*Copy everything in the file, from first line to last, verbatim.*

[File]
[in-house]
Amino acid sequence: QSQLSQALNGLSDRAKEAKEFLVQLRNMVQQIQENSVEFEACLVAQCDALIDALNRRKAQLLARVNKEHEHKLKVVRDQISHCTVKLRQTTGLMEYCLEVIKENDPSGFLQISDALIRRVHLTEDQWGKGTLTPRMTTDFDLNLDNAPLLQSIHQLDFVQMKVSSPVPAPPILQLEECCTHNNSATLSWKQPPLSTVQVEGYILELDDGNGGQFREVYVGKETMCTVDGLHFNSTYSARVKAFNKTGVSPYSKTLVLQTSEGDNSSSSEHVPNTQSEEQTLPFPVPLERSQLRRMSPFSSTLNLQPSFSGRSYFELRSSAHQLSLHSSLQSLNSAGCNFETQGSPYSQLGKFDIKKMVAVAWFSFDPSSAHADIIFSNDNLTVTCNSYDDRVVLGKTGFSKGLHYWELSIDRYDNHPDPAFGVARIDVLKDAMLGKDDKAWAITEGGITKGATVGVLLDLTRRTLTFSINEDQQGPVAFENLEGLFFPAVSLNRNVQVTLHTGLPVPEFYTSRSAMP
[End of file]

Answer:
[in-house]
Amino acid sequence: QSQLSQALNGLSDRAKEAKEFLVQLRNMVQQIQENSVEFEACLVAQCDALIDALNRRKAQLLARVNKEHEHKLKVVRDQISHCTVKLRQTTGLMEYCLEVIKENDPSGFLQISDALIRRVHLTEDQWGKGTLTPRMTTDFDLNLDNAPLLQSIHQLDFVQMKVSSPVPAPPILQLEECCTHNNSATLSWKQPPLSTVQVEGYILELDDGNGGQFREVYVGKETMCTVDGLHFNSTYSARVKAFNKTGVSPYSKTLVLQTSEGDNSSSSEHVPNTQSEEQTLPFPVPLERSQLRRMSPFSSTLNLQPSFSGRSYFELRSSAHQLSLHSSLQSLNSAGCNFETQGSPYSQLGKFDIKKMVAVAWFSFDPSSAHADIIFSNDNLTVTCNSYDDRVVLGKTGFSKGLHYWELSIDRYDNHPDPAFGVARIDVLKDAMLGKDDKAWAITEGGITKGATVGVLLDLTRRTLTFSINEDQQGPVAFENLEGLFFPAVSLNRNVQVTLHTGLPVPEFYTSRSAMP